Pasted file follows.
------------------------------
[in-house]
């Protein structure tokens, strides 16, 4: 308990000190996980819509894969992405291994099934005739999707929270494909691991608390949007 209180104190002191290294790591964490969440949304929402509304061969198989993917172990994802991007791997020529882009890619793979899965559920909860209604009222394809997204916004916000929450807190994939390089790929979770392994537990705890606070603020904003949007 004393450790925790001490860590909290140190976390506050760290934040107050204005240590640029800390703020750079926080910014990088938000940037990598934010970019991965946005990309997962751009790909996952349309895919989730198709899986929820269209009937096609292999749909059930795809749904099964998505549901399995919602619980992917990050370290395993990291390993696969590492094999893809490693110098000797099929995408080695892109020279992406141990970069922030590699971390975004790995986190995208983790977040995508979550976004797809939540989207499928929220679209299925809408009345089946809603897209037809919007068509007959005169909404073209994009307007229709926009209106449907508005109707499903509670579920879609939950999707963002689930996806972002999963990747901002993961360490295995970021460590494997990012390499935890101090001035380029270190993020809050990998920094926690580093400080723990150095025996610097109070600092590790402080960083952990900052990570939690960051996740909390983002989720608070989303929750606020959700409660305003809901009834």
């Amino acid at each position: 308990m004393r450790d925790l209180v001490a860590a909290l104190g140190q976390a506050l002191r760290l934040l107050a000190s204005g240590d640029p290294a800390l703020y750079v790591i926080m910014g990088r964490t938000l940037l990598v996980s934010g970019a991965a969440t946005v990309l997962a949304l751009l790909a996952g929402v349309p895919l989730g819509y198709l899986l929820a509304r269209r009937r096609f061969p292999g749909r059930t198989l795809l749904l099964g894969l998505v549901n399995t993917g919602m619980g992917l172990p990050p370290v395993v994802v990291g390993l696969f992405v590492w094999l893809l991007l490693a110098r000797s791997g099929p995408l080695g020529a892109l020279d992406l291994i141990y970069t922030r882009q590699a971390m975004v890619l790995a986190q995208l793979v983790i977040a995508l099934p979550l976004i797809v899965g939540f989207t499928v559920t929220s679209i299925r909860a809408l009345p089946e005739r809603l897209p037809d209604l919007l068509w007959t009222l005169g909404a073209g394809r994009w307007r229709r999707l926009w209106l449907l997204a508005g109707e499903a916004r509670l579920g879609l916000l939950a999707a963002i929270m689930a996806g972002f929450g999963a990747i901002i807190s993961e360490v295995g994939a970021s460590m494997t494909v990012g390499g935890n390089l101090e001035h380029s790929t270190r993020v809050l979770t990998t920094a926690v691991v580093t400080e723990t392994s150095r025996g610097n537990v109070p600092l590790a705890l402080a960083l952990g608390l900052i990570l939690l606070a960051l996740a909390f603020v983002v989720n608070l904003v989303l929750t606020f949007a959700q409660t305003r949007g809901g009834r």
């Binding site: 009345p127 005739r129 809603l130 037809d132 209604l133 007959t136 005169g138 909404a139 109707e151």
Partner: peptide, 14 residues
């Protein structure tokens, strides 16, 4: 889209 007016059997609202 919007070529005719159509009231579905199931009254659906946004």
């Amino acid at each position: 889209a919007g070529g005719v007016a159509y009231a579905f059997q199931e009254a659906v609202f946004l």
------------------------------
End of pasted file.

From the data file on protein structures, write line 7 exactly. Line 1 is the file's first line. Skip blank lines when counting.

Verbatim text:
């Amino acid at each position: 889209a919007g070529g005719v007016a159509y009231a579905f059997q199931e009254a659906v609202f946004l």